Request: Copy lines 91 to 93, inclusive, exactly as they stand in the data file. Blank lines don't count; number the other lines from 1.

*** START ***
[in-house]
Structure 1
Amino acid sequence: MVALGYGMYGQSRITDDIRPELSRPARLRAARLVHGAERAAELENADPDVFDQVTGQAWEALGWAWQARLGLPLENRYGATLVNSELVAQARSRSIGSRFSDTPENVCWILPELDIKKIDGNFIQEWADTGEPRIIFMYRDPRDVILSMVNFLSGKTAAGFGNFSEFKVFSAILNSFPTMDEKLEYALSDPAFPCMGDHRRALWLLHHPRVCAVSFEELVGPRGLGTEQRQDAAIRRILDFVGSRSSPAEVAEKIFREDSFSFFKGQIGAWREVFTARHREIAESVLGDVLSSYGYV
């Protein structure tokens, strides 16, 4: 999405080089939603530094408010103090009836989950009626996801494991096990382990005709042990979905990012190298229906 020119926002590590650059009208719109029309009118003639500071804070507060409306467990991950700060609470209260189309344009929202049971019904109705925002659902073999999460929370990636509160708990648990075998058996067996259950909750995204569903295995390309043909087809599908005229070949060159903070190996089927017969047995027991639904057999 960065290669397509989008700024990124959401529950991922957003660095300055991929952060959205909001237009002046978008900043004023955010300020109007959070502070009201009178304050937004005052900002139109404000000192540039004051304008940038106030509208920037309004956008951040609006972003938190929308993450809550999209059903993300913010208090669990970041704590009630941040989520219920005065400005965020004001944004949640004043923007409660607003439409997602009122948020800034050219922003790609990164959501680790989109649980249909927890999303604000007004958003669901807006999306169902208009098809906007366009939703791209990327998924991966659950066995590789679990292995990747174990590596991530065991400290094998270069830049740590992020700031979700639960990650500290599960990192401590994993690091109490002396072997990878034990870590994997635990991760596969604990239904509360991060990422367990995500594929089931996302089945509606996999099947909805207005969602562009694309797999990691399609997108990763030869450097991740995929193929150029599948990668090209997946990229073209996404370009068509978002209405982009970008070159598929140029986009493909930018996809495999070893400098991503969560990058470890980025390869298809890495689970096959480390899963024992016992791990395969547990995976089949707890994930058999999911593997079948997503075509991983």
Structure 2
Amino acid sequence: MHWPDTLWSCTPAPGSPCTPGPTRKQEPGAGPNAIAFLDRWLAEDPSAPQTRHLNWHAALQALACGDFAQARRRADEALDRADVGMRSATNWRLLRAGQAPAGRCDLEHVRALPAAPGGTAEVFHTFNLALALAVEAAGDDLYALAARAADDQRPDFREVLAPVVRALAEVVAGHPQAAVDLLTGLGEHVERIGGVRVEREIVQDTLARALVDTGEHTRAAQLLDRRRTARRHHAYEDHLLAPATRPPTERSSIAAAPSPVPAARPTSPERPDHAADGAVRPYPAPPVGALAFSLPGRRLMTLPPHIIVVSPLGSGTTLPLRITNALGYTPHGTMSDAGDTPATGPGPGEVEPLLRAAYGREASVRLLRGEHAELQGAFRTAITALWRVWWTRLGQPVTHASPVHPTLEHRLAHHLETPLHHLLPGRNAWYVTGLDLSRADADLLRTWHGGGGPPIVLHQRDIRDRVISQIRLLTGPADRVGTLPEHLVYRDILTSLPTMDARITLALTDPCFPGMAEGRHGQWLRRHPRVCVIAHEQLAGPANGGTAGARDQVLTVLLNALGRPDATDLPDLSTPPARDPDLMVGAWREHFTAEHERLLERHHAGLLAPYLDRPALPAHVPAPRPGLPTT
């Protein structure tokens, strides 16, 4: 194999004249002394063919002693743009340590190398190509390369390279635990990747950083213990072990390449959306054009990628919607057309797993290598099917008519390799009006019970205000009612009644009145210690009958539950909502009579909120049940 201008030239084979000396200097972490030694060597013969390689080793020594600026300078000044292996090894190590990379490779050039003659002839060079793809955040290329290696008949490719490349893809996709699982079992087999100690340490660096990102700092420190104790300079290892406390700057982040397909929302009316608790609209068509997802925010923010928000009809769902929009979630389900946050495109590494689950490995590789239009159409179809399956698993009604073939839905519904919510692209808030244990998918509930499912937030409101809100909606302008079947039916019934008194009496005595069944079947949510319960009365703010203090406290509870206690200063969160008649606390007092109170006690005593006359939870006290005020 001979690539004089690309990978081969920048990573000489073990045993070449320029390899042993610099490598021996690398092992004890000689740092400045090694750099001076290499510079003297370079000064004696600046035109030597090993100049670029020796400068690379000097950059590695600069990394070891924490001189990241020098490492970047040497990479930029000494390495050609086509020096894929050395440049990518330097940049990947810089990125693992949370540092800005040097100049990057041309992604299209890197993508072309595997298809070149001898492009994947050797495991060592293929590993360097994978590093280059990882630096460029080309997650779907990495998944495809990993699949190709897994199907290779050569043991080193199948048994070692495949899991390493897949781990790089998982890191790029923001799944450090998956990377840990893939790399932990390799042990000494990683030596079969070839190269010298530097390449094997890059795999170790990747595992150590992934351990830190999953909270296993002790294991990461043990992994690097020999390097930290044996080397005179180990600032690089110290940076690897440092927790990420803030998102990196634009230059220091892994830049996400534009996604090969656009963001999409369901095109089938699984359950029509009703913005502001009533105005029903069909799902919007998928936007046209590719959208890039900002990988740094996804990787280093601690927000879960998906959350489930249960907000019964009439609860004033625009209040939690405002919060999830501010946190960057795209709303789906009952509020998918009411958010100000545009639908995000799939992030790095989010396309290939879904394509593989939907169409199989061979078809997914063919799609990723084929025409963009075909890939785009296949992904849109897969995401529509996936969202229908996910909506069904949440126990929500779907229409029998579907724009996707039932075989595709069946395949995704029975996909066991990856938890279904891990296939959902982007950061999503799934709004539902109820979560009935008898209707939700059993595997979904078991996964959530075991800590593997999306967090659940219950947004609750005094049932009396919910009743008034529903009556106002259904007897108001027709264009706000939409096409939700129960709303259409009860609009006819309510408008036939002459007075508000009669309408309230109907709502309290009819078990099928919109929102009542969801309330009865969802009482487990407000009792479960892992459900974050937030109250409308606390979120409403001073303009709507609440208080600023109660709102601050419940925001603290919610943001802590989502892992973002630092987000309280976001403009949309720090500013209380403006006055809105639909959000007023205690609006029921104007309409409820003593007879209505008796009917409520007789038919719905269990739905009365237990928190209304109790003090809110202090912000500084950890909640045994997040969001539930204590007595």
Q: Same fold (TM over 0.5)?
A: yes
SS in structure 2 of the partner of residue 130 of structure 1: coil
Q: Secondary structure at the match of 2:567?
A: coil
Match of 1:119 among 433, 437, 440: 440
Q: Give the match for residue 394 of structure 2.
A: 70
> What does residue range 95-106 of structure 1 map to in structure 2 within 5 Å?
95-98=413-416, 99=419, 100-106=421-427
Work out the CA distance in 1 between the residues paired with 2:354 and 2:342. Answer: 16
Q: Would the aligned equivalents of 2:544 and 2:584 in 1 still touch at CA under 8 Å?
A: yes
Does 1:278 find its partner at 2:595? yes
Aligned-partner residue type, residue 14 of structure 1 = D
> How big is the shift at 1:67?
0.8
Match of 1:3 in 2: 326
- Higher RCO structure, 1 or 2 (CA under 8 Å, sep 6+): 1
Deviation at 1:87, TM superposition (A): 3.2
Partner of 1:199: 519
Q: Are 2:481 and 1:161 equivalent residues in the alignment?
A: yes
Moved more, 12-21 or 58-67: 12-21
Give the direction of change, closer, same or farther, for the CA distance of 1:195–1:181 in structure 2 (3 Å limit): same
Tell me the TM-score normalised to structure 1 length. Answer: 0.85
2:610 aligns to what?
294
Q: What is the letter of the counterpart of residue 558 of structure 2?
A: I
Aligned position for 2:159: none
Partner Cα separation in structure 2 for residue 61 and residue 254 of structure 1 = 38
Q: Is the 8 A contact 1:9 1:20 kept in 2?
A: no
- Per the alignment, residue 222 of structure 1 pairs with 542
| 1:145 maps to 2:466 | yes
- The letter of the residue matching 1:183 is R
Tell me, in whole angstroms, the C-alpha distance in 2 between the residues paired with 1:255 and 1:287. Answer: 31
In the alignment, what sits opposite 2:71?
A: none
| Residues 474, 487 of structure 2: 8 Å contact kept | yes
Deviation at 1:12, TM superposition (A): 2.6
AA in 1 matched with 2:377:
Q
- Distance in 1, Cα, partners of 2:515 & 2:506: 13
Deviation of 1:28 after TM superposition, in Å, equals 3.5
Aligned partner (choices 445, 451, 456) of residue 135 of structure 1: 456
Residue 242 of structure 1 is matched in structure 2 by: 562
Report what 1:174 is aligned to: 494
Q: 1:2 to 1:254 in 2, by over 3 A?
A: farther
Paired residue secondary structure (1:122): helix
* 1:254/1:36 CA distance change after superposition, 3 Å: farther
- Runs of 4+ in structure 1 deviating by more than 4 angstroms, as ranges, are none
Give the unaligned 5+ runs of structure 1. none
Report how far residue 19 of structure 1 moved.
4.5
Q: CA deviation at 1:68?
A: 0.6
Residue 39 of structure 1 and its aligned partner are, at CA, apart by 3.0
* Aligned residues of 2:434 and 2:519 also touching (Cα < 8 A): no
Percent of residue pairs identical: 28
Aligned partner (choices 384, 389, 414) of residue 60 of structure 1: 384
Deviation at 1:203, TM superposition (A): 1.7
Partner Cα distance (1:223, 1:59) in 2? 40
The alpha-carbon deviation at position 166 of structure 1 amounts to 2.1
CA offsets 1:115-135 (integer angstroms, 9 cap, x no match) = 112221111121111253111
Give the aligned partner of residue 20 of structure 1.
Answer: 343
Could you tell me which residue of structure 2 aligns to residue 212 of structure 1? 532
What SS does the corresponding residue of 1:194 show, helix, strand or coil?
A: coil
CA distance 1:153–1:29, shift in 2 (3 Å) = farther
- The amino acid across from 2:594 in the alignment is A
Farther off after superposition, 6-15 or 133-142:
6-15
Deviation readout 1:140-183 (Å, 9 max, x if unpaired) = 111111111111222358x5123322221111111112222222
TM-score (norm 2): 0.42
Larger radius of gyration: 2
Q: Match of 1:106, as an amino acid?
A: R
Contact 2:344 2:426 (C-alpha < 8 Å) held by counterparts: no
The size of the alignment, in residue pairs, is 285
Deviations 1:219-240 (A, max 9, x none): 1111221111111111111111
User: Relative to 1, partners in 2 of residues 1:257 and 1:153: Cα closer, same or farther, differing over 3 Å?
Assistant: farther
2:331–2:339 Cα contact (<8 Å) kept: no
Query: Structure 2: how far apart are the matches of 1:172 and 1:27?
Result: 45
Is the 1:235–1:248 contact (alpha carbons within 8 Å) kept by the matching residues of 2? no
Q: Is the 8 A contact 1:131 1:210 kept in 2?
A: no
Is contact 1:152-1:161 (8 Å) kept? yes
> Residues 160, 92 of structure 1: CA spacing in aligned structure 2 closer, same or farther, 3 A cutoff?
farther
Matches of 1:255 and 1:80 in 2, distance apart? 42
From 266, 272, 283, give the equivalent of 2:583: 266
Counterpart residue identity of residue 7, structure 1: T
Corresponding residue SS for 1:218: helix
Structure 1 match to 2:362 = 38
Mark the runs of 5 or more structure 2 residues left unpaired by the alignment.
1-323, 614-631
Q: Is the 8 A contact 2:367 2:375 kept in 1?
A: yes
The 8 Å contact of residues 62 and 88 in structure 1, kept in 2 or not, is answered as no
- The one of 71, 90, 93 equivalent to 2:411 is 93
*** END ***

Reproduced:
Deviations 1:219-240 (A, max 9, x none): 1111221111111111111111
User: Relative to 1, partners in 2 of residues 1:257 and 1:153: Cα closer, same or farther, differing over 3 Å?
Assistant: farther